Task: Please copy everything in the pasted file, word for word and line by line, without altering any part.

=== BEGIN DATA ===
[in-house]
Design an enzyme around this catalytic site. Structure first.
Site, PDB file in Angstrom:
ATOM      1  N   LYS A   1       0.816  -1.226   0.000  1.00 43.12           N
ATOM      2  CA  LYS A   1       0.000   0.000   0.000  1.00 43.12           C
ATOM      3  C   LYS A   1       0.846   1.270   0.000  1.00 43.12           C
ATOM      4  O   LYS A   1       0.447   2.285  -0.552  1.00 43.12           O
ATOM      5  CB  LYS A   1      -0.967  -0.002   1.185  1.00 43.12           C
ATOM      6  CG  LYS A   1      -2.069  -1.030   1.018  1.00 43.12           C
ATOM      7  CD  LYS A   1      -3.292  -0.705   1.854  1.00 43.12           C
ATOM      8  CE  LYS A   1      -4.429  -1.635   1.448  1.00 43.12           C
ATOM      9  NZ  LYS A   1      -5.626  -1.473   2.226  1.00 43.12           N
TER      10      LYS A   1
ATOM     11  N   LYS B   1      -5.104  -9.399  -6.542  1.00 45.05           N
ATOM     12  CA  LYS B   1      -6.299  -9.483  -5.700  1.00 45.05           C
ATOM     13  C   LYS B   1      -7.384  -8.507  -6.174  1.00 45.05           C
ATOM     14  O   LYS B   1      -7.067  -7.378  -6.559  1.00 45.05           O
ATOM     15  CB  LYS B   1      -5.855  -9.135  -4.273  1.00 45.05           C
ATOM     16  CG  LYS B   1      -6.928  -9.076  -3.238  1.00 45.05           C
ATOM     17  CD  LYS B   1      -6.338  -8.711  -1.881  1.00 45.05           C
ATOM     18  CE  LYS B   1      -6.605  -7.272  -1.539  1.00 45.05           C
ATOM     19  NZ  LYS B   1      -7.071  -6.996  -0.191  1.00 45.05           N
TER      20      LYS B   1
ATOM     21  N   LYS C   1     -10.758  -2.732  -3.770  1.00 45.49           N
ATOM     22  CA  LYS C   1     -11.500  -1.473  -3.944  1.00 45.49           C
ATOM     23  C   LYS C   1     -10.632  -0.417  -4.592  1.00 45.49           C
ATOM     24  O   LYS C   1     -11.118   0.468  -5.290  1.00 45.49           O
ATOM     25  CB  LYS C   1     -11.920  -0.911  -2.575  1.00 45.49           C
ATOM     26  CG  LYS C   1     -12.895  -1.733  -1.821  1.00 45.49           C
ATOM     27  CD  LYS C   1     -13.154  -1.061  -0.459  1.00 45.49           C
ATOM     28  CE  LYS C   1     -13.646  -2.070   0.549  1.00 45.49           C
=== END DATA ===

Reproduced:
[in-house]
Design an enzyme around this catalytic site. Structure first.
Site, PDB file in Angstrom:
ATOM      1  N   LYS A   1       0.816  -1.226   0.000  1.00 43.12           N
ATOM      2  CA  LYS A   1       0.000   0.000   0.000  1.00 43.12           C
ATOM      3  C   LYS A   1       0.846   1.270   0.000  1.00 43.12           C
ATOM      4  O   LYS A   1       0.447   2.285  -0.552  1.00 43.12           O
ATOM      5  CB  LYS A   1      -0.967  -0.002   1.185  1.00 43.12           C
ATOM      6  CG  LYS A   1      -2.069  -1.030   1.018  1.00 43.12           C
ATOM      7  CD  LYS A   1      -3.292  -0.705   1.854  1.00 43.12           C
ATOM      8  CE  LYS A   1      -4.429  -1.635   1.448  1.00 43.12           C
ATOM      9  NZ  LYS A   1      -5.626  -1.473   2.226  1.00 43.12           N
TER      10      LYS A   1
ATOM     11  N   LYS B   1      -5.104  -9.399  -6.542  1.00 45.05           N
ATOM     12  CA  LYS B   1      -6.299  -9.483  -5.700  1.00 45.05           C
ATOM     13  C   LYS B   1      -7.384  -8.507  -6.174  1.00 45.05           C
ATOM     14  O   LYS B   1      -7.067  -7.378  -6.559  1.00 45.05           O
ATOM     15  CB  LYS B   1      -5.855  -9.135  -4.273  1.00 45.05           C
ATOM     16  CG  LYS B   1      -6.928  -9.076  -3.238  1.00 45.05           C
ATOM     17  CD  LYS B   1      -6.338  -8.711  -1.881  1.00 45.05           C
ATOM     18  CE  LYS B   1      -6.605  -7.272  -1.539  1.00 45.05           C
ATOM     19  NZ  LYS B   1      -7.071  -6.996  -0.191  1.00 45.05           N
TER      20      LYS B   1
ATOM     21  N   LYS C   1     -10.758  -2.732  -3.770  1.00 45.49           N
ATOM     22  CA  LYS C   1     -11.500  -1.473  -3.944  1.00 45.49           C
ATOM     23  C   LYS C   1     -10.632  -0.417  -4.592  1.00 45.49           C
ATOM     24  O   LYS C   1     -11.118   0.468  -5.290  1.00 45.49           O
ATOM     25  CB  LYS C   1     -11.920  -0.911  -2.575  1.00 45.49           C
ATOM     26  CG  LYS C   1     -12.895  -1.733  -1.821  1.00 45.49           C
ATOM     27  CD  LYS C   1     -13.154  -1.061  -0.459  1.00 45.49           C
ATOM     28  CE  LYS C   1     -13.646  -2.070   0.549  1.00 45.49           C